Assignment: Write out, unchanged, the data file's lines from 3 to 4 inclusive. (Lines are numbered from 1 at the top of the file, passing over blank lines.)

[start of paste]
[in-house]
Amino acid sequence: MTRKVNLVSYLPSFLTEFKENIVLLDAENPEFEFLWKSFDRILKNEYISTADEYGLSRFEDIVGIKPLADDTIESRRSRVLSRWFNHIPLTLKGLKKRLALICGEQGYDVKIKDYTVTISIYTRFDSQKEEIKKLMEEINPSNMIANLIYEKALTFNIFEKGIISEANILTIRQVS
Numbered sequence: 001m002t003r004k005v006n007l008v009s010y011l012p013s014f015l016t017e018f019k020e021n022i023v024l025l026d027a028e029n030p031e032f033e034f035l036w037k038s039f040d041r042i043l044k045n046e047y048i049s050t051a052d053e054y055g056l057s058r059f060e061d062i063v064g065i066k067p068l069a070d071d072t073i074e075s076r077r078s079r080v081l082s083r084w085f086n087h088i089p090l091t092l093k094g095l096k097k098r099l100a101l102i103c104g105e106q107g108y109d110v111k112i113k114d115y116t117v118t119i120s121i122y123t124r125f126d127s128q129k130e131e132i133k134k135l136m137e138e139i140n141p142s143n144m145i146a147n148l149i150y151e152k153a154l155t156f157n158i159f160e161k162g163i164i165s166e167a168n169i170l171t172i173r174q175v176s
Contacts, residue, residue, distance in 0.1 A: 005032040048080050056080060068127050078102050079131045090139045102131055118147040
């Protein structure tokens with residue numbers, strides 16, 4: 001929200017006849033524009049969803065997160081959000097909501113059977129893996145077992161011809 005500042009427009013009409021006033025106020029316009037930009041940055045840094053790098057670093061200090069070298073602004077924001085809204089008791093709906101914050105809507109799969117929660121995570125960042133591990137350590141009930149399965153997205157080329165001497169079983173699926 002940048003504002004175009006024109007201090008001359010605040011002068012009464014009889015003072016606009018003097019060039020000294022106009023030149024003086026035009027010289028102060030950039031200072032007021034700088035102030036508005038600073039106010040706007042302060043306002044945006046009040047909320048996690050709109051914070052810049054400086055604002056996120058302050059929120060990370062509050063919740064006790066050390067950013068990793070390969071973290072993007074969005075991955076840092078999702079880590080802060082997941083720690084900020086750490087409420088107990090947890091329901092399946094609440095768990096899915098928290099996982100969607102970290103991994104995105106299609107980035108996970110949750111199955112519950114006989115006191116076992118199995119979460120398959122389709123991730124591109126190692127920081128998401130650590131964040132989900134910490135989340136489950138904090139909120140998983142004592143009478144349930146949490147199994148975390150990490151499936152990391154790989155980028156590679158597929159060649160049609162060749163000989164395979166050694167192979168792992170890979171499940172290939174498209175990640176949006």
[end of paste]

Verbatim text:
Numbered sequence: 001m002t003r004k005v006n007l008v009s010y011l012p013s014f015l016t017e018f019k020e021n022i023v024l025l026d027a028e029n030p031e032f033e034f035l036w037k038s039f040d041r042i043l044k045n046e047y048i049s050t051a052d053e054y055g056l057s058r059f060e061d062i063v064g065i066k067p068l069a070d071d072t073i074e075s076r077r078s079r080v081l082s083r084w085f086n087h088i089p090l091t092l093k094g095l096k097k098r099l100a101l102i103c104g105e106q107g108y109d110v111k112i113k114d115y116t117v118t119i120s121i122y123t124r125f126d127s128q129k130e131e132i133k134k135l136m137e138e139i140n141p142s143n144m145i146a147n148l149i150y151e152k153a154l155t156f157n158i159f160e161k162g163i164i165s166e167a168n169i170l171t172i173r174q175v176s
Contacts, residue, residue, distance in 0.1 A: 005032040048080050056080060068127050078102050079131045090139045102131055118147040